One organ donor can save up to eight lives. The same donor can also save or improve the lives of up to 50 people by donating eyes and tissues.
Each year, more than one million people need lifesaving and live-improving tissues and eyes.
All major religions in the United States support organ donation and consider donation as the final act of love and generosity toward others.
There is no cost to donors or their families for organ or tissue donation.
Nearly 120,000 people in the United States are waiting for organ transplants, of these, more than 10,000 live in the greater New York metropolitan area.
28% of New Yorkers age 18 and over have enrolled in the New York State Donate Life Registry as organ, tissue, and eye donors. Nationwide, the average is 50%.
When matching donor organs to recipients, the computerized matching system considers issues such as the severity of illness, blood type, time spent waiting, other important medical information, and geographic location. The recipient's financial or celebrity status or race does not figure in.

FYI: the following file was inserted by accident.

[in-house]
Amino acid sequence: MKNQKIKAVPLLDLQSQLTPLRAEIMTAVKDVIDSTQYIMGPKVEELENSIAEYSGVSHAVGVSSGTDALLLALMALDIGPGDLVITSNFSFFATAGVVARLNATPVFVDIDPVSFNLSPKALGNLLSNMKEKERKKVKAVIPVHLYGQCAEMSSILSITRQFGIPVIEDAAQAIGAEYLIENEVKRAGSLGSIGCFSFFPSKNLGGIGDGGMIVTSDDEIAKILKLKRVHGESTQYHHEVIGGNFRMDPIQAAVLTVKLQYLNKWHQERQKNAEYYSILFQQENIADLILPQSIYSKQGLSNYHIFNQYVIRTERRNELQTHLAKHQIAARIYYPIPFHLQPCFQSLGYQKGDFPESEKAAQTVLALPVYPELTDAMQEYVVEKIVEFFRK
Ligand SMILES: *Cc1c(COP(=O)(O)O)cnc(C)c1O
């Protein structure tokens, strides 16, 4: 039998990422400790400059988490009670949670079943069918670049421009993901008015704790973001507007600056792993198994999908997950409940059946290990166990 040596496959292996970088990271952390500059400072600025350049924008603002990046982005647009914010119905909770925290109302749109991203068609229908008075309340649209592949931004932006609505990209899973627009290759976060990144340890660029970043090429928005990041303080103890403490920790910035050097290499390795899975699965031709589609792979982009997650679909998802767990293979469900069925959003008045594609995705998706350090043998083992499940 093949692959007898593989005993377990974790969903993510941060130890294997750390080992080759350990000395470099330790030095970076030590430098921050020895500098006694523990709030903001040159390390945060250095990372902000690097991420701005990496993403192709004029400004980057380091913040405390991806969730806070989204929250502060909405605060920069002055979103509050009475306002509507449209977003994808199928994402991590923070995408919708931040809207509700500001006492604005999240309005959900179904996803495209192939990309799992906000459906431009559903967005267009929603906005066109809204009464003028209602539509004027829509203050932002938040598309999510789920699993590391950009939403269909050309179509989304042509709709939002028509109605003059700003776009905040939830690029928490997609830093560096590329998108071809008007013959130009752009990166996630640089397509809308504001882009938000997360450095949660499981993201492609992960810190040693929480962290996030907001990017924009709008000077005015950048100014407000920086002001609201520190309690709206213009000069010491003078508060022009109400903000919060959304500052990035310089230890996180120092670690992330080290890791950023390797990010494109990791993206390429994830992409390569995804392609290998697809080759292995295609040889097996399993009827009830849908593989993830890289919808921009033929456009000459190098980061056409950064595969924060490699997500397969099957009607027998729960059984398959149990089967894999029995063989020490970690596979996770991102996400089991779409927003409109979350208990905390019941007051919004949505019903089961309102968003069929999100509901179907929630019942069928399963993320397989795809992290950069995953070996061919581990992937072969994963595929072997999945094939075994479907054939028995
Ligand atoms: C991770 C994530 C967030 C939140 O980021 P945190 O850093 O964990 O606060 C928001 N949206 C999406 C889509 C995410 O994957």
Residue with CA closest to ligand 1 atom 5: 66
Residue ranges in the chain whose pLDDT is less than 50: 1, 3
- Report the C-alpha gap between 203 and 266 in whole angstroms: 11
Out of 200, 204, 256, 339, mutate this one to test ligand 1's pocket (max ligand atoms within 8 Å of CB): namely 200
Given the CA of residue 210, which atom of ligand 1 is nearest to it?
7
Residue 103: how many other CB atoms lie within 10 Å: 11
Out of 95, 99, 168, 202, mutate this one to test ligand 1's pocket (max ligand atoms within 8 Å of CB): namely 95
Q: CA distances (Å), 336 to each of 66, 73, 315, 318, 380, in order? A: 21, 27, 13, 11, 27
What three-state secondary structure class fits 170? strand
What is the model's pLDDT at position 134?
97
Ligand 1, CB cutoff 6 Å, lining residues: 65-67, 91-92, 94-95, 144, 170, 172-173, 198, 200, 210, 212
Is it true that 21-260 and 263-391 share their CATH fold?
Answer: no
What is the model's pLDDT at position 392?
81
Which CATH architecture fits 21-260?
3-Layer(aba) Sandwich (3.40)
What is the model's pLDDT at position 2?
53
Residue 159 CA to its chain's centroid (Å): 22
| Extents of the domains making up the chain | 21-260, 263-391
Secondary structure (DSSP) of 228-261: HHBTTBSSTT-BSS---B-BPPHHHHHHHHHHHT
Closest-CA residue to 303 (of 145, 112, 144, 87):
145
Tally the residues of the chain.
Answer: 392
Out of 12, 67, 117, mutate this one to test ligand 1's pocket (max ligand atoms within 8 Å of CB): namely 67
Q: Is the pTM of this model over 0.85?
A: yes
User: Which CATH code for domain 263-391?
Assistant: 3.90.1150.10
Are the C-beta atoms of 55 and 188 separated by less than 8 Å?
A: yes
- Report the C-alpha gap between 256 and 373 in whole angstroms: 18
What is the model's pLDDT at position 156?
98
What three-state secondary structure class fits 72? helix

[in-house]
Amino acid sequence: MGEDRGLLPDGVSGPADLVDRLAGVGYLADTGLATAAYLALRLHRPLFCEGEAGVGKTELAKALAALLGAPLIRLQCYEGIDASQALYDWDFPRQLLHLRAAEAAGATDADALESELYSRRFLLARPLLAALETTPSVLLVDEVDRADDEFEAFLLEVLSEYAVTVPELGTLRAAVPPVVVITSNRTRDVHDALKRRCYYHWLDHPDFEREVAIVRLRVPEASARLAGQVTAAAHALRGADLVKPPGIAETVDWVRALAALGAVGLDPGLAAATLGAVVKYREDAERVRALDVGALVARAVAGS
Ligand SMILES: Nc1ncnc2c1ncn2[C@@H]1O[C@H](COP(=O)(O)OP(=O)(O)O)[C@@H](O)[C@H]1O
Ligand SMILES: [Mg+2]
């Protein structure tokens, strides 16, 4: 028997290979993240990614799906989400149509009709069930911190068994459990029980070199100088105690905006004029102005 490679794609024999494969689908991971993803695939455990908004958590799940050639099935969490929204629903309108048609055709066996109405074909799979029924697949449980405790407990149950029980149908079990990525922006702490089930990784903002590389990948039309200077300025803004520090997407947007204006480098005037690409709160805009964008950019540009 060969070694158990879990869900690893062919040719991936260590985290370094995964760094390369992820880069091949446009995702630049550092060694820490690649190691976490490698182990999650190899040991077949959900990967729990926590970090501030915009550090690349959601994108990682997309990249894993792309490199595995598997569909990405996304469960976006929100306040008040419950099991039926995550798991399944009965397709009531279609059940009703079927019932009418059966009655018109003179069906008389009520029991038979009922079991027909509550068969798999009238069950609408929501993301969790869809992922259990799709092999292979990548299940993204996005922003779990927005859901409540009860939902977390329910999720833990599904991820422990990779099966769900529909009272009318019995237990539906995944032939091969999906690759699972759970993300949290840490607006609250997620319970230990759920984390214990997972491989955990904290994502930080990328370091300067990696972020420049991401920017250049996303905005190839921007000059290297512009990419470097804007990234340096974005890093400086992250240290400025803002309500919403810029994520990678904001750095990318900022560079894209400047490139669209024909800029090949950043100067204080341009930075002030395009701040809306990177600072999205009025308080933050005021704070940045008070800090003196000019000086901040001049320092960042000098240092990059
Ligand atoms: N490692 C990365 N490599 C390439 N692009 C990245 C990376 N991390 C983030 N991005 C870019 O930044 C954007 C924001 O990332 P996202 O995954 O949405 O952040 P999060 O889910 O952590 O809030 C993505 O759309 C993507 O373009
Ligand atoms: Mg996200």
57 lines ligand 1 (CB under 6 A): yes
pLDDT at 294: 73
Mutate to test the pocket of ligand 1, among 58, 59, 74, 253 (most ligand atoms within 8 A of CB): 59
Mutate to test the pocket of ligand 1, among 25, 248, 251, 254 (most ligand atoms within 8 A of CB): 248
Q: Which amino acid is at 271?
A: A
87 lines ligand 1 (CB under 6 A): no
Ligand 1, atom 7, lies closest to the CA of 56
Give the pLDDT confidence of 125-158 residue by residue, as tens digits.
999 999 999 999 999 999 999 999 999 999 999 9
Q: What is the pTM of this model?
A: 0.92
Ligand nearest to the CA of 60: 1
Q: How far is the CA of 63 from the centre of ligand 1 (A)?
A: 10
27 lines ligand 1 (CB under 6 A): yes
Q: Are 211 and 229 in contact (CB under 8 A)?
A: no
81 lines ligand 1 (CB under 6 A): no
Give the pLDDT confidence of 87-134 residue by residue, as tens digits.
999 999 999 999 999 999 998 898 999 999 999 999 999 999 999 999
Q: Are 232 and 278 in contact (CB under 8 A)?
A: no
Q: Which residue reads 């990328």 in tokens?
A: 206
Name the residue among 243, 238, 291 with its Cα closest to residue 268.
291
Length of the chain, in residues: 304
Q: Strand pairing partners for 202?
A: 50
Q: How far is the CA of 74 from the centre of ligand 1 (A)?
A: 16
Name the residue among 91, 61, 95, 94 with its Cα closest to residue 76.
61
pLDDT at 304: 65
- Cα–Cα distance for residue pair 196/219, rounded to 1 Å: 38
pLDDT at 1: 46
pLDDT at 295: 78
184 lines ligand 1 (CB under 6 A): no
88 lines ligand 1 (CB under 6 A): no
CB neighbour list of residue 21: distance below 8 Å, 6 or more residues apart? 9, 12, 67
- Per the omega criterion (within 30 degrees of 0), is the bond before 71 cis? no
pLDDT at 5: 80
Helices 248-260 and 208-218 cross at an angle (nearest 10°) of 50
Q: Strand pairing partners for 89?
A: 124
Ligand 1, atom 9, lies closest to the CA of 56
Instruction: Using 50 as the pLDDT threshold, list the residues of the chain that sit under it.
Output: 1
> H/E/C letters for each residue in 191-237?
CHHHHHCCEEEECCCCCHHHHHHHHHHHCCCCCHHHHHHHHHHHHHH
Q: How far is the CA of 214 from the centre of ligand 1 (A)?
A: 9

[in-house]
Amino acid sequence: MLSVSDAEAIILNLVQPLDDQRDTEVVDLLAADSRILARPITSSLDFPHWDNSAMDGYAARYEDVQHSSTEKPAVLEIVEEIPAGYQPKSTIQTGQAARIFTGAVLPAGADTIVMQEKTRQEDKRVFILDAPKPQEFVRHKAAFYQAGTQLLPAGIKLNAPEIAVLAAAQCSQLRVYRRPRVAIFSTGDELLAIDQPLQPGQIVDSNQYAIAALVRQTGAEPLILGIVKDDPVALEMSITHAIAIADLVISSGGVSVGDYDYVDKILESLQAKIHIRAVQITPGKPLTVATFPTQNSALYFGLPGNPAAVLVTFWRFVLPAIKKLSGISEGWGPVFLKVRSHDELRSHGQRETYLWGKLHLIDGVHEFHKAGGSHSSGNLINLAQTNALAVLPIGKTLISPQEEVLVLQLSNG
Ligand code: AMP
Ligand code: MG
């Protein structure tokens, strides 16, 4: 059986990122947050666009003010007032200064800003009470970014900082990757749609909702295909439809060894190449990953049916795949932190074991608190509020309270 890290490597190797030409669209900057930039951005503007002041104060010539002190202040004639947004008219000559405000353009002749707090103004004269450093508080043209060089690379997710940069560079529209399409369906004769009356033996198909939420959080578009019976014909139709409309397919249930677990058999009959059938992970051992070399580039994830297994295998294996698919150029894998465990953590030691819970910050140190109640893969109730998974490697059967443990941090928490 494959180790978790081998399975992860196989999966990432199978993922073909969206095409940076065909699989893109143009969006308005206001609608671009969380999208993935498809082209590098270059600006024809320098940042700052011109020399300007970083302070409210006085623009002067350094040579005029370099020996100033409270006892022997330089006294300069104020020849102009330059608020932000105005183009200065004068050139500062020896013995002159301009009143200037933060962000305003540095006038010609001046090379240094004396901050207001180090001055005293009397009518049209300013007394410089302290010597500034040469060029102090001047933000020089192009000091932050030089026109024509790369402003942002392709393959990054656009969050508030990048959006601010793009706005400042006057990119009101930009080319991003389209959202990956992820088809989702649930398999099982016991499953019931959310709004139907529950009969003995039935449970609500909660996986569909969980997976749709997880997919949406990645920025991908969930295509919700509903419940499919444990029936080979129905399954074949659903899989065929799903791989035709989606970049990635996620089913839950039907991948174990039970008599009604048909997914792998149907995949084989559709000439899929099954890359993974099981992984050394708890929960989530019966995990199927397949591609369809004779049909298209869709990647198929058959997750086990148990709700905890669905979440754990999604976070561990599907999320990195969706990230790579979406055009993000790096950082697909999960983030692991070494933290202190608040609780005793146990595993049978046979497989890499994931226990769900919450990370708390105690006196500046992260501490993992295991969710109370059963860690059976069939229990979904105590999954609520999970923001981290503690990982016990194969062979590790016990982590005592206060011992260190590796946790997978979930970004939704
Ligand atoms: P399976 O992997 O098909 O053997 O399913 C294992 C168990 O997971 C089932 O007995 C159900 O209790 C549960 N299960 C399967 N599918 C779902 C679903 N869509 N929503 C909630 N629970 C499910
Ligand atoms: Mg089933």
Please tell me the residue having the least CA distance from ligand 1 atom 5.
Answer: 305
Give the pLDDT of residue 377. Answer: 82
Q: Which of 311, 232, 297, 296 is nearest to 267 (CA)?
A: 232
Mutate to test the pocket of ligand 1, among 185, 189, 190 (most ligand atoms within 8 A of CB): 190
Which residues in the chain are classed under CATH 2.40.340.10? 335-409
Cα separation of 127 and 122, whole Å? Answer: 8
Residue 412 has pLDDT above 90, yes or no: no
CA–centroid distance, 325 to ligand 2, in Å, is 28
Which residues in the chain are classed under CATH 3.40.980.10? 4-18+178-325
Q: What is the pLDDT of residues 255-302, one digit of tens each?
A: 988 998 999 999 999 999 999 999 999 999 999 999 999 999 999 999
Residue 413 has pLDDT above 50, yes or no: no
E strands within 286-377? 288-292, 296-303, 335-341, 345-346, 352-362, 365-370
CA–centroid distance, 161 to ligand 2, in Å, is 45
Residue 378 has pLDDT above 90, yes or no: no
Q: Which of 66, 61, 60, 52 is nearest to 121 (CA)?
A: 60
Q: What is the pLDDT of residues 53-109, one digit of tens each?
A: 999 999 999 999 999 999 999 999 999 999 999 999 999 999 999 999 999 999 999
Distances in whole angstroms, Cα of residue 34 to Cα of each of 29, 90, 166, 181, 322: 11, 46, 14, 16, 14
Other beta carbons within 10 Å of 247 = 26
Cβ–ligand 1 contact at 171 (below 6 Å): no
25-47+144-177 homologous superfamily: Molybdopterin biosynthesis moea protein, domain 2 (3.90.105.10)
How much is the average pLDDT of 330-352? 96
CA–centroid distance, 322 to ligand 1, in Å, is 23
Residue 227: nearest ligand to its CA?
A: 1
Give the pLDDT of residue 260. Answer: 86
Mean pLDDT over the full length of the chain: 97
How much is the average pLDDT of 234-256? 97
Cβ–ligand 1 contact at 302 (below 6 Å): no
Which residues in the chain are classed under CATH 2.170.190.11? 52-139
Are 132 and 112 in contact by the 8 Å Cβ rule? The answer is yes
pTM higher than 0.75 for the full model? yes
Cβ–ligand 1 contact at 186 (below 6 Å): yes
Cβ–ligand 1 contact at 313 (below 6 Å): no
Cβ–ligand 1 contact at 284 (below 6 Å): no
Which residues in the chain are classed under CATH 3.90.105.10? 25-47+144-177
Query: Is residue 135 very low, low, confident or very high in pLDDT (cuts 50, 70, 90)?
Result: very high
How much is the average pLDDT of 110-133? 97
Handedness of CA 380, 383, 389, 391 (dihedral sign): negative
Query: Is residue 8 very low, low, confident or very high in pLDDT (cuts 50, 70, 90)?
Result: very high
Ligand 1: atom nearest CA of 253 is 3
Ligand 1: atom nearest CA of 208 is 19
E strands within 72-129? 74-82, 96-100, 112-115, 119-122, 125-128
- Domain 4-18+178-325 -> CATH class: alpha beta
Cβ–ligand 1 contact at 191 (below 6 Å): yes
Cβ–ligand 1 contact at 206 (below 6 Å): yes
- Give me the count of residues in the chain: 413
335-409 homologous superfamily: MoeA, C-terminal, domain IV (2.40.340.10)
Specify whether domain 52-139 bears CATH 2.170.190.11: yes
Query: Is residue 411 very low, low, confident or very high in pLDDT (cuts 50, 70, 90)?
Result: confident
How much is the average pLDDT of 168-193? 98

It is illegal to buy and sell organs in the United States. The system for matching donor organs and potential recipients is regulated by the Federal Government.
On average, 22 people die every day while waiting for organ transplants in the U.S., and every 10 minutes another name is added to the waiting list.
Anytime you are in a hospital, doctors will do all they can to save your life. Donation occurs only after physicians who are legally not affiliated with donation declare the death of a patient.
An open casket funeral is usually possible for organ, eye, and tissue donors. Through the entire donation process, the body is treated with care, respect, and dignity.
The success rate for organ transplants is between 80 and 90 percent.